The current Attorney-General of the Federation, Mr Abubakar Malami, SAN, deemed it fit to restore to the Commission the mandate of Law revision. The Commission is ready to undertake this task and it has the capacity to deliver.
What do you consider to be the challenges in accomplishing this task?
The greatest challenge would be the issue of funding, but there is the willingness and determination on the part of the staff and legal experts in Nigeria to participate in the exercise and ensure that accurate laws as enacted by the National Assembly, are produced.
It is also important to state that record-keeping culture in this country leaves a lot to be desired, as most institutions that should have copies of laws passed by the National Assembly and subsidiary legislation made in the past 10 years do not have them. Also, serious research is being undertaken by consultants to identify Laws or provisions of laws that have been struck down by courts within the periods under review, are identified and deleted from the text of the law.
What is the scope of this work?
The law revision exercise covers all Federal laws in Nigeria. It includes laws enacted after 2002 to date, Laws inadvertently omitted in 2004 Laws of the Federation, Laws repealed by later laws, Laws repealed by courts of competent jurisdiction and the 663 Laws contained in Laws of the Federation 2004.
What innovations do you think you will incorporate in the revised laws of the Federation?
There have been several suggestions as to new features to introduce into the Laws of the Federation, 2018. But the Commission is not in a hurry on the innovations but is looking forward to a stakeholders’ meeting which will comprise legal experts, jurists, academia, private practitioners etc. to discuss and agree as to whether or not to make proposed innovations part of the Laws of the Federation.
What do you expect from the various Ministries, Departments and Agencies, organisations and institutions that will collaborate with your Commission in prosecuting this project?
As discussed earlier, we require the various MDAs to cooperate with the commission by availing to us copies of their principal legislation, amendments made (if any), subsidiary legislation that has been made between 2002 to date and where there are provisions of their laws that have been successfully challenged in Court, such Court decision should be made available to the Commission.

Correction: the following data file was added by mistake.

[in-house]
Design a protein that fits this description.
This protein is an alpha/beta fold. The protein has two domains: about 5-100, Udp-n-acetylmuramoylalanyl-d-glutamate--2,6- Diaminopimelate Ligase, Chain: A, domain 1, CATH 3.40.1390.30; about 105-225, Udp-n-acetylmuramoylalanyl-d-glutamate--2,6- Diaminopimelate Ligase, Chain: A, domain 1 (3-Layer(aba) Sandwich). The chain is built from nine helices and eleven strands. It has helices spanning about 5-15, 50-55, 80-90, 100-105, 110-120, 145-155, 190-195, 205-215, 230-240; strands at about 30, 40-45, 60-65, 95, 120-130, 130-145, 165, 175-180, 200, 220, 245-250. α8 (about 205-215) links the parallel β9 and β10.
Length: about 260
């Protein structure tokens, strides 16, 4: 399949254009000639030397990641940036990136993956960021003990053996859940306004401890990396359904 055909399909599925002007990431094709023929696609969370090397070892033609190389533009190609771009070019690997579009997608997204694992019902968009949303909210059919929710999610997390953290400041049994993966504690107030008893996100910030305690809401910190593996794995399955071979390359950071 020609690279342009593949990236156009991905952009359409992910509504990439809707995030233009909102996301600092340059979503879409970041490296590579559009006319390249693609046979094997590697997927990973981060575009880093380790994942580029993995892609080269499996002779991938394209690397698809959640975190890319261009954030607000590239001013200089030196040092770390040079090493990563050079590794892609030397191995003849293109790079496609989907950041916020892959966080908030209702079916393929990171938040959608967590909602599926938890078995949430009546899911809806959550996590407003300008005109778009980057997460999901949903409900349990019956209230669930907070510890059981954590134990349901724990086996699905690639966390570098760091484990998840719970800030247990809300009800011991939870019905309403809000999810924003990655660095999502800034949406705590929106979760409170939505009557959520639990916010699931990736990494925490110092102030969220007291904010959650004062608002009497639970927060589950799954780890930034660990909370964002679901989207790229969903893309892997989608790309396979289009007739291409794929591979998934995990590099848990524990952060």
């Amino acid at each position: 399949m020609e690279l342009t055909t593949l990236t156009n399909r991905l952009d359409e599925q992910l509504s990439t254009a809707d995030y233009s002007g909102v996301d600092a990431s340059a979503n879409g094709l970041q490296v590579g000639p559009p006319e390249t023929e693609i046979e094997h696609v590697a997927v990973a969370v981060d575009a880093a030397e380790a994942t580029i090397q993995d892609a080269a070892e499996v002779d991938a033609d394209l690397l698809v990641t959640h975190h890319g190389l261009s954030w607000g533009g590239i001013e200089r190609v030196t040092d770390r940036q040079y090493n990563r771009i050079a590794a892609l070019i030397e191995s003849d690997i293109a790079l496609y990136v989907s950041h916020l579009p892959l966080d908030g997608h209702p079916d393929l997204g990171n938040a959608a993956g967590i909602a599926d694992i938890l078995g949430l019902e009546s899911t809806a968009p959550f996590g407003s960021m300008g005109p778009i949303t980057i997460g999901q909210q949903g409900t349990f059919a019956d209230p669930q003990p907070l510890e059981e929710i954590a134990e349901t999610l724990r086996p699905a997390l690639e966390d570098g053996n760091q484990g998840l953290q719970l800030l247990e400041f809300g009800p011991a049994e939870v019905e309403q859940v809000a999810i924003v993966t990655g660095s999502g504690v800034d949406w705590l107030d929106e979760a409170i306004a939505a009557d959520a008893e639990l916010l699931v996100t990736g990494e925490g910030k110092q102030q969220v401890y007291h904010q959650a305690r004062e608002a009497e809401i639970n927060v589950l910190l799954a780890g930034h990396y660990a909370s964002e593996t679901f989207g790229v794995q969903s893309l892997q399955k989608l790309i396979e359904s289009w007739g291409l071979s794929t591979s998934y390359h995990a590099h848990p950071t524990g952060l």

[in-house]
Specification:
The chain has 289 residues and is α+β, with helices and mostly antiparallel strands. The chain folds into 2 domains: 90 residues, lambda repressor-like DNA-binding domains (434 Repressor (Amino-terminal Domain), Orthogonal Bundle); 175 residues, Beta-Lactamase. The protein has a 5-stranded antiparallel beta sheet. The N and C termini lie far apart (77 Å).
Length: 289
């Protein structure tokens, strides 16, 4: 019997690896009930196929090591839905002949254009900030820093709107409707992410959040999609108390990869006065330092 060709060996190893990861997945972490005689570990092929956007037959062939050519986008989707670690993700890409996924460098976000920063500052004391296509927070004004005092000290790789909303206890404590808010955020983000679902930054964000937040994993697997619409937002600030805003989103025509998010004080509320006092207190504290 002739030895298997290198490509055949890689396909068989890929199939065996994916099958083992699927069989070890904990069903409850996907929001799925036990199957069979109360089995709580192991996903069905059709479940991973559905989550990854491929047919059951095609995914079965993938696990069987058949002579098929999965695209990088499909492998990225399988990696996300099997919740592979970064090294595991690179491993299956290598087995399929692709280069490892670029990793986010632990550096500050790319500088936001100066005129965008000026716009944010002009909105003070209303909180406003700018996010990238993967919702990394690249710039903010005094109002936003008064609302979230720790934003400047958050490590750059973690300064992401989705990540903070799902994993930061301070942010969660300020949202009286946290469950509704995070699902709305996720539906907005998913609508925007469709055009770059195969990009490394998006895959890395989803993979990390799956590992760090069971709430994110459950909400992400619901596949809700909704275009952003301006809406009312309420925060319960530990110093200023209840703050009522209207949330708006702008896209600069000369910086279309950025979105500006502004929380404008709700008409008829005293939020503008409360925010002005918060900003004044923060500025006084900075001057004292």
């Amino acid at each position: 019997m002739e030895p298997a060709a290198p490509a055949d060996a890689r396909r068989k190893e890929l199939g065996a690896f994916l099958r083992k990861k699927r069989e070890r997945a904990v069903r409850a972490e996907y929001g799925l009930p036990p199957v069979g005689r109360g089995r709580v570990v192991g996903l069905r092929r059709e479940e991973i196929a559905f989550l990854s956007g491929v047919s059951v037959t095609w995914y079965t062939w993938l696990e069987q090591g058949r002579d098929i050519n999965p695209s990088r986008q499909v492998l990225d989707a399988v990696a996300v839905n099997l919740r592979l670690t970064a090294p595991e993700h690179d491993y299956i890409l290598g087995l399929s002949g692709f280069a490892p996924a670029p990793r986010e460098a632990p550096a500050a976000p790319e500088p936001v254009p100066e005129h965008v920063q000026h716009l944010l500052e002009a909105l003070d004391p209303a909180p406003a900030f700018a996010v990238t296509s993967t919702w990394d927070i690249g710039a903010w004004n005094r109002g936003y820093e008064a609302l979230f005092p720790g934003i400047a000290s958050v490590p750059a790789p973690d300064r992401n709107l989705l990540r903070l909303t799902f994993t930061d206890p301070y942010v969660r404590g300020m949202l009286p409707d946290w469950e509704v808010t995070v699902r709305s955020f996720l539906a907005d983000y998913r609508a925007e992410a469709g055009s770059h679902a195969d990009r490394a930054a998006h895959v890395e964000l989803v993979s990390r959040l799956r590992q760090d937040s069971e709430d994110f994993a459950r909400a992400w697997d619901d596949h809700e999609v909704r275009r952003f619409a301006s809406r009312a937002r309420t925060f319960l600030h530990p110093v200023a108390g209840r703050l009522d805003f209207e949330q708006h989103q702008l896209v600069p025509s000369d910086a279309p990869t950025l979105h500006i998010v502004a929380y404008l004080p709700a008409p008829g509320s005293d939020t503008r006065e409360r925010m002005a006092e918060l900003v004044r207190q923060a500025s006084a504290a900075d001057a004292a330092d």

What are the defects in the Laws of the Federation 2004 that the Laws of the Federation 2018 will cure?
As said earlier, law revision exercise is different from Law Reform. Law Reform seeks to update the law in order to bring the law in tandem with current realities, which may involve alteration in the provisions of the law. Law revision, however, does not permit alteration of any kind in any law, but the consolidation of the different amendments that have been made, and deleting spent and repealed portions of a law from the body of the laws. We count on the support of the general public to enable us succeed in this task.
What cooperation do you expect from the Media and Nigerian lawyers in accomplishing this huge task?
The Commission truly desires the cooperation of the media, the Nigerian lawyers and other stakeholders. On the part of the media, it is important that stakeholders understand what law revision exercise is. Law revision exercise is not law reform but it is the process of updating existing laws. It is necessary therefore that stakeholders whose laws are not incorporated in our body of laws bring such laws to the attention of the Commission or where amendments have been effected on their laws, should bring such amendments to the attention of the Commission so as to consolidate the laws into a single law, or where certain provisions of laws or any other law have been struck down by the Courts, they should bring such Court Orders to the attention of the Commission, or where any law has been repealed by the National Assembly, the Courts or a later law, such repeal should be brought to the attention of the Commission. Again, where any MDA or Institution has made subsidiary legislation between 2002 till date, they should bring such legislation to the attention of the Commission.